Lots of businesses know about the magic of bankruptcy court. There, heavy debt
can be lifted. Expensive leases can be undone. Burdensome contracts can
Indeed, a bankruptcy judge can make your bad decisions disappear like magic. You can get a do-over.
Businesses know this, which may explain why some business people, including former
Mayor Richard J. Riordan, are urging the city of Los Angeles to file
real appeal of a Chapter 9 filing for Los Angeles is that a bankruptcy
judge could make the tough decisions that the City Council and the
mayor won’t. A judge could declare it’s do-over time, and make the
city’s burdens more or less disappear like magic.
pensions. They’re generous and rising frighteningly fast. According to
reports, the city will have to contribute $730 million next year to
cover pension costs, up nearly 12 percent from this year’s $653
million. And they don’t stop after that; projections put that figure at
over $1 billion in a few years.
pensions need to be reined in for the city to get back on its financial
feet. But the true problem isn’t the pensions, per se. The true problem
is the lack of political will to do anything about them, the lack of
spine to defy the unions that put many of the city’s elected people in
some business folks are thinking: Since L.A.’s union-dependent mayor
and City Council aren’t likely to get medieval on the unions’ pensions,
maybe a bankruptcy judge could do it for them, eh? That way, L.A. can
get its do-over and the elected types can blame it on the judge.
But wait. Not so fast. Take a minute to consider a disturbing little case study.
town of Vallejo, north of San Francisco, declared bankruptcy two years
ago. Like Los Angeles and so many other California cities, it became a
municipal basket case largely because it gave its unionized workers pay
and pensions so astonishing the city eventually could not keep up.
report by the Cato Institute in the fall pointed out that regular
public employees in Vallejo can retire at 55 with 81 percent of their
final year’s pay guaranteed. It’s even better for police and fire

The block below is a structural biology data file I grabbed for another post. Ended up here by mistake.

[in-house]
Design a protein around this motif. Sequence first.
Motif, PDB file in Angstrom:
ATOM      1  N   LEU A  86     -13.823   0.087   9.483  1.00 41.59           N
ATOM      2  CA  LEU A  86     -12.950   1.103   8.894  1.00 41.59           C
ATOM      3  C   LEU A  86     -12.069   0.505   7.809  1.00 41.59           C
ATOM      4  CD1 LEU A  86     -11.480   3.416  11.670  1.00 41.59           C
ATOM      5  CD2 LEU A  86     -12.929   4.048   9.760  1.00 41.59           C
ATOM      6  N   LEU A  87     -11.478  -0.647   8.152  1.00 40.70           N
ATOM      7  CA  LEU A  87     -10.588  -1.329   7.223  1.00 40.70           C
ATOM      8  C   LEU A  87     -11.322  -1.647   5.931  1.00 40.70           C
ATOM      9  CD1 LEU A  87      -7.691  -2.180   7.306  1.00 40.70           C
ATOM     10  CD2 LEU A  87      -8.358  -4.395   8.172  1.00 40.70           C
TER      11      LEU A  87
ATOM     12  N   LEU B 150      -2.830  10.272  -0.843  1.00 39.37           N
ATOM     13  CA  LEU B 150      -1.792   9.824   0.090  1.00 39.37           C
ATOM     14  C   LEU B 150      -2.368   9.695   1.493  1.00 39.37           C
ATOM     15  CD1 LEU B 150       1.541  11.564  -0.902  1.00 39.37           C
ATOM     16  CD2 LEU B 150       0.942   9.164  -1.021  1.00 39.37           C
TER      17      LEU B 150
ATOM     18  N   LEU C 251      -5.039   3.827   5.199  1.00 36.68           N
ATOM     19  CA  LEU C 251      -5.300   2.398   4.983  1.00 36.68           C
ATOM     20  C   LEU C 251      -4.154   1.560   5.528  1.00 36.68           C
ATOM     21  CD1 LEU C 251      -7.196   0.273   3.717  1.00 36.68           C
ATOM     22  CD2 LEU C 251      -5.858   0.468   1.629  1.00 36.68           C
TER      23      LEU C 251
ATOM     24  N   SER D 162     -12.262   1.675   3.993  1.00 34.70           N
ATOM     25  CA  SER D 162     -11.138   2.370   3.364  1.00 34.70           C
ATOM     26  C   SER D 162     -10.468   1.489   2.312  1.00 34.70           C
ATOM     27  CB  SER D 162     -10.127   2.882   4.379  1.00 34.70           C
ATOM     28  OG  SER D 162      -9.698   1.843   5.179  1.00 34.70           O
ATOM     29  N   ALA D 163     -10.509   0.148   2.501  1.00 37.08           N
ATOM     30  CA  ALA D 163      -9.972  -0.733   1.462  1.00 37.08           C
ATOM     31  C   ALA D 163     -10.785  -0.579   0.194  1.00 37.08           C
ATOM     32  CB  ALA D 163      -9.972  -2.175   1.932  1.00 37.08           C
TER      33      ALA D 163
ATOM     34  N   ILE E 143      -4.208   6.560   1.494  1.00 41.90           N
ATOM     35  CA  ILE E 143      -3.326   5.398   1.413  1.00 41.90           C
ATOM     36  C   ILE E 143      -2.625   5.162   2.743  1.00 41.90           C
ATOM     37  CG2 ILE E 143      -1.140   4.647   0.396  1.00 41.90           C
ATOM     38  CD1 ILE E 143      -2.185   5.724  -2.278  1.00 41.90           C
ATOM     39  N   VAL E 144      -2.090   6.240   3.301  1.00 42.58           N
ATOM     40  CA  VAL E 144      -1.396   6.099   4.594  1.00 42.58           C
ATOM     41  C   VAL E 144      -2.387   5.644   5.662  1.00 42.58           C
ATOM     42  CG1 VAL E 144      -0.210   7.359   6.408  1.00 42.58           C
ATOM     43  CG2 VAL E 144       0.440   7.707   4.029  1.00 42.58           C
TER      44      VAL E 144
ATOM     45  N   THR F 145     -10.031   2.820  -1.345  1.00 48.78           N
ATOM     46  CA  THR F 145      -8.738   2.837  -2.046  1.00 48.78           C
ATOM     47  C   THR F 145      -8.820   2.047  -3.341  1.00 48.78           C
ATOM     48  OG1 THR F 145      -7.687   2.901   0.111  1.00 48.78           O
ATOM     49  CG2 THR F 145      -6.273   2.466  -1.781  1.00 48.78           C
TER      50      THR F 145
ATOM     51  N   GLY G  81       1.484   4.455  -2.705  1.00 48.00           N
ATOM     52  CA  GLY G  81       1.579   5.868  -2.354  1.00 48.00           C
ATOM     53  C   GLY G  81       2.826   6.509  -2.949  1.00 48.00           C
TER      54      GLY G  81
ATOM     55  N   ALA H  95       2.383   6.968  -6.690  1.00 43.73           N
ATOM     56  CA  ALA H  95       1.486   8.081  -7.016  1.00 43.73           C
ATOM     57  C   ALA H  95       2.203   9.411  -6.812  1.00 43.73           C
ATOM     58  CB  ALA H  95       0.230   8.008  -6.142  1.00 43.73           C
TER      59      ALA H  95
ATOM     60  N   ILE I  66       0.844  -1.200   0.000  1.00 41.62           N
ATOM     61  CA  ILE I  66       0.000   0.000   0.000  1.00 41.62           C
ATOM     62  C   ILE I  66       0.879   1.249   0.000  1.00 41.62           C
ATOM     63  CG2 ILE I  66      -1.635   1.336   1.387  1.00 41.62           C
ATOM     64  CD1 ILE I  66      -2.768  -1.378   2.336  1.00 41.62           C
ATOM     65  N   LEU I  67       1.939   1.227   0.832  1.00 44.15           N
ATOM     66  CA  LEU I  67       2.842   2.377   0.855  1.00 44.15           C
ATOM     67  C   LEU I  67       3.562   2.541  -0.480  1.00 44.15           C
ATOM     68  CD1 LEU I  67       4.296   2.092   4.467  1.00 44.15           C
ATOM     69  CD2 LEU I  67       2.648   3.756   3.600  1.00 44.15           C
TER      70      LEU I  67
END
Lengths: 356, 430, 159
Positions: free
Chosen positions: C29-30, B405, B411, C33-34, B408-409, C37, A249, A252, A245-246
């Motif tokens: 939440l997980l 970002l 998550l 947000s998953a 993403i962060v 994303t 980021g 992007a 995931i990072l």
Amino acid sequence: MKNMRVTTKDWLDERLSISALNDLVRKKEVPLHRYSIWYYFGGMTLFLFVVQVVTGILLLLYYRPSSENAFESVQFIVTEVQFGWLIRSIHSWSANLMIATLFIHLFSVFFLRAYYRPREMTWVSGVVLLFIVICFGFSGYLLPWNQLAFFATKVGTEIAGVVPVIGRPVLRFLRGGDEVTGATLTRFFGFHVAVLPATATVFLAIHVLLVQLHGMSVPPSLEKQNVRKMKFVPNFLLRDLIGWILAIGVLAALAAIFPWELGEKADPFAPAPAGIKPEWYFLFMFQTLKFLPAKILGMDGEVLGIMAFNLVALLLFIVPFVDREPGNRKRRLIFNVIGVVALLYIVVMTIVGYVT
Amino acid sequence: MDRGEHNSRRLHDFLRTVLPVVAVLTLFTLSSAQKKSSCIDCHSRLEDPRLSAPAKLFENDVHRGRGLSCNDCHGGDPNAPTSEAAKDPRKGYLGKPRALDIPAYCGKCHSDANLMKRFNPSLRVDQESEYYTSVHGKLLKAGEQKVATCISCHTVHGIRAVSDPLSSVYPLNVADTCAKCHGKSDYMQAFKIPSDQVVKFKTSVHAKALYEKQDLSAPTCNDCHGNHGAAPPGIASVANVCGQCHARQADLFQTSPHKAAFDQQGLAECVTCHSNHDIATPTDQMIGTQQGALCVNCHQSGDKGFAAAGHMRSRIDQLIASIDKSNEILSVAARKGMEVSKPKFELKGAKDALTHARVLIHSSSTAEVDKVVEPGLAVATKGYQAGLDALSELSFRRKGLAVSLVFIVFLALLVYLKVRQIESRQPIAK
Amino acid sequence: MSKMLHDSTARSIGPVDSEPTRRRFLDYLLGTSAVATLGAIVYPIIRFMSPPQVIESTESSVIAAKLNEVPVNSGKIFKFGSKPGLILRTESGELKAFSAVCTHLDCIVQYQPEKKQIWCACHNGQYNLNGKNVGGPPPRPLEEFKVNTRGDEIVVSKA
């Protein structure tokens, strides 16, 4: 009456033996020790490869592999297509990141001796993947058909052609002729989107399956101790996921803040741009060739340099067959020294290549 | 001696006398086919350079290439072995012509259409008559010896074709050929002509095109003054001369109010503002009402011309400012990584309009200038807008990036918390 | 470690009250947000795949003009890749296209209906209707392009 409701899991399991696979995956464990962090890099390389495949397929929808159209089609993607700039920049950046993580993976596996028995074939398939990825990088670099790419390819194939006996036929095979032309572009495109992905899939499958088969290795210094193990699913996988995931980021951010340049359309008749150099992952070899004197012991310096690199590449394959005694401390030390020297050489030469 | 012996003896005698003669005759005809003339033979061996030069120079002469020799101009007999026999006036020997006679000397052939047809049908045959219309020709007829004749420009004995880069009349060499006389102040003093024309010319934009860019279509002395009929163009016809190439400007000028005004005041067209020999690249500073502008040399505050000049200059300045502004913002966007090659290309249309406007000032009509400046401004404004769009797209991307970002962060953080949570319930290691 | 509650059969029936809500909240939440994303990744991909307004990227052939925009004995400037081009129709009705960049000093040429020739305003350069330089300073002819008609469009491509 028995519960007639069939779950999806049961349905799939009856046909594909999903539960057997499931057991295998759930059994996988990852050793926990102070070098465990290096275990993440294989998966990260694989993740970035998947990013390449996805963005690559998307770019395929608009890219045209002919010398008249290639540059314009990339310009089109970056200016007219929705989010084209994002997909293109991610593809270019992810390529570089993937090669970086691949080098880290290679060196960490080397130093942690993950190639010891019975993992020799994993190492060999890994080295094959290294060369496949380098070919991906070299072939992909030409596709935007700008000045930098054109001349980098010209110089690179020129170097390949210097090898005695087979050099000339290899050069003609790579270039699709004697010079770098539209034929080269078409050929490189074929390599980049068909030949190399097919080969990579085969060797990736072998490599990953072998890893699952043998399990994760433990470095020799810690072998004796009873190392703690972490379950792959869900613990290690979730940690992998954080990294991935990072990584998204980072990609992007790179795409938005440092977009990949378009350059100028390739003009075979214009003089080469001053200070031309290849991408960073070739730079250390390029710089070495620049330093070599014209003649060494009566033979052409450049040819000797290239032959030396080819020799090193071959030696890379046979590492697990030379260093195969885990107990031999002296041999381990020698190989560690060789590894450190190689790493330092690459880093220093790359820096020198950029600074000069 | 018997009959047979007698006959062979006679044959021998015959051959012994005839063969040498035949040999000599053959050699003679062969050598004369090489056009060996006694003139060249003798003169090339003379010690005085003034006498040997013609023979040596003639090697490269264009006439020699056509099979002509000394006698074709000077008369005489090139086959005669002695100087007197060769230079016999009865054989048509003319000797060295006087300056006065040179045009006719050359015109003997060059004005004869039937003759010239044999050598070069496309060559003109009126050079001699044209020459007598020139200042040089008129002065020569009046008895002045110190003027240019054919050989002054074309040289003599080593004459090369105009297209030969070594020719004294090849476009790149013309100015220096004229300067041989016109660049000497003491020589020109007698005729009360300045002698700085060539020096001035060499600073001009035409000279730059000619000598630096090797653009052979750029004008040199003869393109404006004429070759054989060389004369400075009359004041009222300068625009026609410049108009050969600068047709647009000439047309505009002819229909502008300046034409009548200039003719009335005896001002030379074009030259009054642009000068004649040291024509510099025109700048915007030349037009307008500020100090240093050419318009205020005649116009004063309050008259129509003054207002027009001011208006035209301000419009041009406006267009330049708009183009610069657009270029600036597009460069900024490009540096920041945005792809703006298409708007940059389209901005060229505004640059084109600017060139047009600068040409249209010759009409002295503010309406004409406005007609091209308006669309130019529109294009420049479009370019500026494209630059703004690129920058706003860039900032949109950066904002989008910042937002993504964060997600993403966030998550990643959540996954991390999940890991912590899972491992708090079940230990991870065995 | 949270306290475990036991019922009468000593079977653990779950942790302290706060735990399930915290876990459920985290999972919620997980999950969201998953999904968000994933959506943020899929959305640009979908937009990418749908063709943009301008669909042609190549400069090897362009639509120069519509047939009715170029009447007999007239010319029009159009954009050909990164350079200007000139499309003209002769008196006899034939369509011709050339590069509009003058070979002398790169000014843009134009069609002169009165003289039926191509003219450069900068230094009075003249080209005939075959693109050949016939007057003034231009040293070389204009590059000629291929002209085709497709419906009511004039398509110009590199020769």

officials, who can retire at 50 with a pension that pays them 90
percent of their final year’s salary every year for life and for the
lives of their spouses. Obviously, as time marches on and more
employees retire, the cumulative load on the city’s taxpayers gets
matters worse was the generous pay. Firefighters average $171,000 a
year. Police captains earn $300,000 a year. That implies the captain
could retire at 50 and get $270,000 a year for his life and for the
life of his wife.
you might expect, unions fought Vallejo’s bankruptcy. Finally, the
bankruptcy judge in the case last year held that the city could void
its union contracts.
That’s when the disturbing thing happened. You see, the city’s elected officials still had to ask the
judge to void the pension contracts. In other words, they still had to
reach inside themselves and find the political will to defy the unions.
That they could not do.
Greenhut of the Pacific Research Institute in Sacramento, writing in
the Wall Street Journal in March, said the Vallejo’s workout plan in
December called for cuts in services and some employee benefits, but it
did not touch the pension contributions the city had to pay. Indeed,
the city increased its pension contributions.
Greenhut: "Other cities will now find it harder to use the threat of
bankruptcy (or bankruptcy itself) to get unions to agree to rein in
can wipe away problems like magic. But the true problem is not the
burdensome contracts or runaway pension expenses. The true problem is
the lack of political will to confront the unions.
won’t give L.A.’s elected leaders the spine to confront them. And until
they get the spine, bankruptcy is no solution for Los Angeles.
Charles Crumpley is editor of the Business Journal. He can be reached at ccrumpley@labusinessjournal.